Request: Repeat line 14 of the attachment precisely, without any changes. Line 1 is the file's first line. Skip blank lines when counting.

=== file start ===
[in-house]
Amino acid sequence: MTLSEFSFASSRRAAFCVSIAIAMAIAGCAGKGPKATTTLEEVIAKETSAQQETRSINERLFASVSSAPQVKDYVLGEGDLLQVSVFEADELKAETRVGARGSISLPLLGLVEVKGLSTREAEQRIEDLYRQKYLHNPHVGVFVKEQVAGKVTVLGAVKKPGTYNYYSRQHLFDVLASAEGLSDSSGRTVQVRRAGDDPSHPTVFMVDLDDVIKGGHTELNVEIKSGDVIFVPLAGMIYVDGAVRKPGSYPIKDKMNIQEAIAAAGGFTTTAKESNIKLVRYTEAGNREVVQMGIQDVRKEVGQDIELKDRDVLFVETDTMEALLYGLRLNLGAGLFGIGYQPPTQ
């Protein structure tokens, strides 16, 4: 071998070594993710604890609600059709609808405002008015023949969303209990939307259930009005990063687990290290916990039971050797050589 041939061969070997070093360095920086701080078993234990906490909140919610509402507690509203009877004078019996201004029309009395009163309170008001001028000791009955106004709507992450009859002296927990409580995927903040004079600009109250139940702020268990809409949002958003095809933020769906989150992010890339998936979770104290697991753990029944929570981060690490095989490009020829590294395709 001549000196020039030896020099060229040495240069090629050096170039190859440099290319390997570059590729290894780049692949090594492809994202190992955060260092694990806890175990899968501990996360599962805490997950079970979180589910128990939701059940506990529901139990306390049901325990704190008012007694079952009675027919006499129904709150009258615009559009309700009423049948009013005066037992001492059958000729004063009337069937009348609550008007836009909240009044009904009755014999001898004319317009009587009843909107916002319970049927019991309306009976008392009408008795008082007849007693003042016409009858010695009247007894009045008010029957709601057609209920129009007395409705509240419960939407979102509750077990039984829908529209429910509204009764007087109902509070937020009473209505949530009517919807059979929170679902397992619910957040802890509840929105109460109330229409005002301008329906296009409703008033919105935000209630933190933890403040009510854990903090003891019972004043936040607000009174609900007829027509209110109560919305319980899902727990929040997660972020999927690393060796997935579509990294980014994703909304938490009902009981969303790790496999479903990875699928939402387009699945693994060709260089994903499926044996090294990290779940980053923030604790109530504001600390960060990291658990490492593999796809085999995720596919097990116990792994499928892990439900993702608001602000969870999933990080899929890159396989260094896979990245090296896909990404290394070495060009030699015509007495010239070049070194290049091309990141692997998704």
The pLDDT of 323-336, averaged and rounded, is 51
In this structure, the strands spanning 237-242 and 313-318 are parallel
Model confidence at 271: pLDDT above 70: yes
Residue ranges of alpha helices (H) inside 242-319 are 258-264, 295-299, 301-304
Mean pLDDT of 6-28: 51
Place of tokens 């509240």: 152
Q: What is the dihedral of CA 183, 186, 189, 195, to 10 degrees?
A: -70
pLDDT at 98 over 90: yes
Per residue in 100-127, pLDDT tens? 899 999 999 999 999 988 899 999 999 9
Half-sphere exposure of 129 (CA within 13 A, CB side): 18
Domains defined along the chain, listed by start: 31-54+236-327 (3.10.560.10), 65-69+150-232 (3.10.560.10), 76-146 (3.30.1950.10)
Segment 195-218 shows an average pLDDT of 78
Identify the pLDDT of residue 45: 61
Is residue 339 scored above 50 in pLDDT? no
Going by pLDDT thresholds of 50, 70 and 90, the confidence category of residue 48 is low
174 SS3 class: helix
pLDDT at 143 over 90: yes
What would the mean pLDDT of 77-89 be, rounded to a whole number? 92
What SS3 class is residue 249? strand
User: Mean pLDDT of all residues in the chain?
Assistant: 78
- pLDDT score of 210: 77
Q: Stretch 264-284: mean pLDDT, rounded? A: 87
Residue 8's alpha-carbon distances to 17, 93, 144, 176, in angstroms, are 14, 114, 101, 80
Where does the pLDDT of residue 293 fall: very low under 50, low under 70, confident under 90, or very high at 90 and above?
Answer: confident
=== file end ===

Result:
Half-sphere exposure of 129 (CA within 13 A, CB side): 18